Perhaps the most significant risk that comes with vaccine mandates, however, is the potential for children with vaccine-hesitant parents to miss out on in-person learning.
Constantinescu argues that some children may not get the protection provided by vaccination or the benefits of learning in person.
With new evidence that negative side effects, such as myocarditis, are rare in the five to 11 bracket, she says now is the time to “shout from the rooftops” that vaccinating against COVID-19 is safe.
“This is the top vaccine-preventable threat to our children and we have a safe vaccine,” she said.
“We need to tell parents this is about protecting your child, first and foremost. It’s not about saving the pandemic, it’s not about saving the world.”
“This is because it’s in the best interest of your child.”
Written by Jason Vermes with files from Ashley Fraser, CBC News and The Associated Press.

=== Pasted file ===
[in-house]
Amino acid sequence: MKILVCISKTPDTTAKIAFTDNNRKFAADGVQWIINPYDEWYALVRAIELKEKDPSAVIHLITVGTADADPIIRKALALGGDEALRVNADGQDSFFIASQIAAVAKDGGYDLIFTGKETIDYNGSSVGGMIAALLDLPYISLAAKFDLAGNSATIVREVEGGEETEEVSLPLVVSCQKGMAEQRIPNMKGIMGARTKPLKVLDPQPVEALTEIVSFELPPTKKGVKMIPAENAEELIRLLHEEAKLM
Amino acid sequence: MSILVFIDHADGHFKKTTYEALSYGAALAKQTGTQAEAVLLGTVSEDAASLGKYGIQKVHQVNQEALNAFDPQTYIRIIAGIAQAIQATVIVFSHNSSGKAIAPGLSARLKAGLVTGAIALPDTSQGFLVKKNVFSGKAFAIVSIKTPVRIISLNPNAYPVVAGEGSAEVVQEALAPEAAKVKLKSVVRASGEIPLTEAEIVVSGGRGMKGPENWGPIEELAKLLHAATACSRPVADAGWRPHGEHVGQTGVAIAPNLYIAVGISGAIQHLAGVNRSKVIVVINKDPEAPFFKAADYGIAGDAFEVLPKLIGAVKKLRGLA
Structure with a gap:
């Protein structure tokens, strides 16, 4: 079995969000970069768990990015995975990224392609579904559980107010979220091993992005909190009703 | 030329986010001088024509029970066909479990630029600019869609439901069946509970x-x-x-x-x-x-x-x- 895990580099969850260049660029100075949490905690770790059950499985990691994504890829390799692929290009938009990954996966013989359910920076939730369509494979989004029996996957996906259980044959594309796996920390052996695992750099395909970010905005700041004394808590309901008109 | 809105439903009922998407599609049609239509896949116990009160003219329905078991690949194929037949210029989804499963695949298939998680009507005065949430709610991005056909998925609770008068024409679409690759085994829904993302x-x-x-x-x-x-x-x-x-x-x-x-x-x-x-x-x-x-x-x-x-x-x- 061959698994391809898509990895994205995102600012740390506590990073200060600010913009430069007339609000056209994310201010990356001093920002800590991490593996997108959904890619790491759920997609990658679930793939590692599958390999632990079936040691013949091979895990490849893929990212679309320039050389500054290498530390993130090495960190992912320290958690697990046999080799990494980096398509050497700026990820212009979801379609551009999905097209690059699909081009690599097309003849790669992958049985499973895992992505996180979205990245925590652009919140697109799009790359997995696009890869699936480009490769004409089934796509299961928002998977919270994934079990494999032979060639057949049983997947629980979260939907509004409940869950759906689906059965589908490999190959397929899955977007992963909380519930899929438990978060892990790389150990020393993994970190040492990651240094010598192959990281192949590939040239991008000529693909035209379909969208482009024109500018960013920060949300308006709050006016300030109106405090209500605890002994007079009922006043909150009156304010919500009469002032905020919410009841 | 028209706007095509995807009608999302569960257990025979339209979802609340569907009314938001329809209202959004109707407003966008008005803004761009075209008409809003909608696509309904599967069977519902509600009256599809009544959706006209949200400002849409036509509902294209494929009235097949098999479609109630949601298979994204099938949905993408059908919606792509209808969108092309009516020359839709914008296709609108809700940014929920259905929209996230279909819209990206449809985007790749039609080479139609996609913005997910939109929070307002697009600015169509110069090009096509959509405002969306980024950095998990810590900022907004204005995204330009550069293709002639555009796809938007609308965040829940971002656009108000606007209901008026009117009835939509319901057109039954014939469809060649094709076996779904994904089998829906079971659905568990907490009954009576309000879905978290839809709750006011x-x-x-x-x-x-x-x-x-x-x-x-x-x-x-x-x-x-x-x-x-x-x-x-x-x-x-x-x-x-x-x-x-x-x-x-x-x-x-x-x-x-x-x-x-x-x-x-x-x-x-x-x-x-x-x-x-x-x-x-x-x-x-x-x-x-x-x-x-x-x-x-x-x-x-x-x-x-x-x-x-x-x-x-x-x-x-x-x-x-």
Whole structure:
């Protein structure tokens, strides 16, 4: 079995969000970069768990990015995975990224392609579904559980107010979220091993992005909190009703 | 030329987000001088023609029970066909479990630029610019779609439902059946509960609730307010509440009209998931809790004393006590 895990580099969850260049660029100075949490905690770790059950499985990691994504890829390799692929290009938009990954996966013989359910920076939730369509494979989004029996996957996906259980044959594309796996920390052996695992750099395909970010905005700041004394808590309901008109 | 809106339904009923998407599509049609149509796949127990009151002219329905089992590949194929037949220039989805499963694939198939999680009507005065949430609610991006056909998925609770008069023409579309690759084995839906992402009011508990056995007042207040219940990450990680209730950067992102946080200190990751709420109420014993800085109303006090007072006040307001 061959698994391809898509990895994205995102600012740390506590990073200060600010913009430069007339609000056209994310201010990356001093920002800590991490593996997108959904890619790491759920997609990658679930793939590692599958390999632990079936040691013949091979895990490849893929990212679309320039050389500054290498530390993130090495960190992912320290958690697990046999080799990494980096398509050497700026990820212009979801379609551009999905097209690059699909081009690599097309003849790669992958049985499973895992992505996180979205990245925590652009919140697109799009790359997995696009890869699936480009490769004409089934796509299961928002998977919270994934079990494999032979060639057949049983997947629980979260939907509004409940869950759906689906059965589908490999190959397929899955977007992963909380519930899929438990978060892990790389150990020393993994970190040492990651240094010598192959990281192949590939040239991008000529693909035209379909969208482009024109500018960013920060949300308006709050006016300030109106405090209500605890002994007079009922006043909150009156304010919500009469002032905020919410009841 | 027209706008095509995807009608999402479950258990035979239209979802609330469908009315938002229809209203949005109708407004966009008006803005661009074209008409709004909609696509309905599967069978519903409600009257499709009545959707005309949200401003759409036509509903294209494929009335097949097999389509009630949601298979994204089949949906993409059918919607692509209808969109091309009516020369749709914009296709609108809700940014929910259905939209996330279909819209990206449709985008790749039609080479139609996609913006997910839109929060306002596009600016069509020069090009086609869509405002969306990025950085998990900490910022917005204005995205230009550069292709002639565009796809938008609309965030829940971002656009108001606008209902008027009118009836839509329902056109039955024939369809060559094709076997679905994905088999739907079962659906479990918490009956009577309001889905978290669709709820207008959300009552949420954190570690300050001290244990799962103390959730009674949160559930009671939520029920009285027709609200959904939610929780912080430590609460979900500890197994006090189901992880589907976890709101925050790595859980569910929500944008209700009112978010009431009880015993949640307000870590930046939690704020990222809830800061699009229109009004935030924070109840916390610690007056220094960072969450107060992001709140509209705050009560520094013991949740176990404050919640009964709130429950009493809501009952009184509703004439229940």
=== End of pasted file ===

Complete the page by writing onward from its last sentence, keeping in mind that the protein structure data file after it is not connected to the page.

Nova Scotia reports 11 people in ICU Saturday, total of 287 people in hospital with COVID-19 – CTV News Atlantic
In a news release Saturday afternoon, health officials in Nova Scotia said 82 people were admitted to hospital and are receiving specialized care in a COVID-19 designated unit. 11 people were reported to be in intensive care.
According to the province, the age range of those in hospital is 23-100 years old, and the average age is 67.
Of the 82 people receiving specialized care for COVID-19 in hospital, 79 were admitted during the Omicron wave.
There are also two other groups of people in hospital related to COVID-19:
- 84 people who were identified as positive upon arrival at hospital but were admitted for another medical reason, or were admitted for COVID-19 but no longer require specialized care.
- 121 people who contracted COVID-19 after being admitted to hospital.
The number of COVID-19 admits and discharges to hospital was not available Saturday.
On Jan. 21, the Nova Scotia Health Authority labs completed 3,682 tests.
According to a news release, an additional 502 new lab-confirmed cases of COVID-19 are being reported.
Of the new cases; 219 are in the Central Zone, 88 are in the Eastern Zone, 59 are in the Northern Zone and 136 new cases are in the Western Zone.
Nova Scotia remains under a state of emergency. Provincial officials first declared a state of emergency on March 22, 2020 and it has now been extended to February 6, 2022.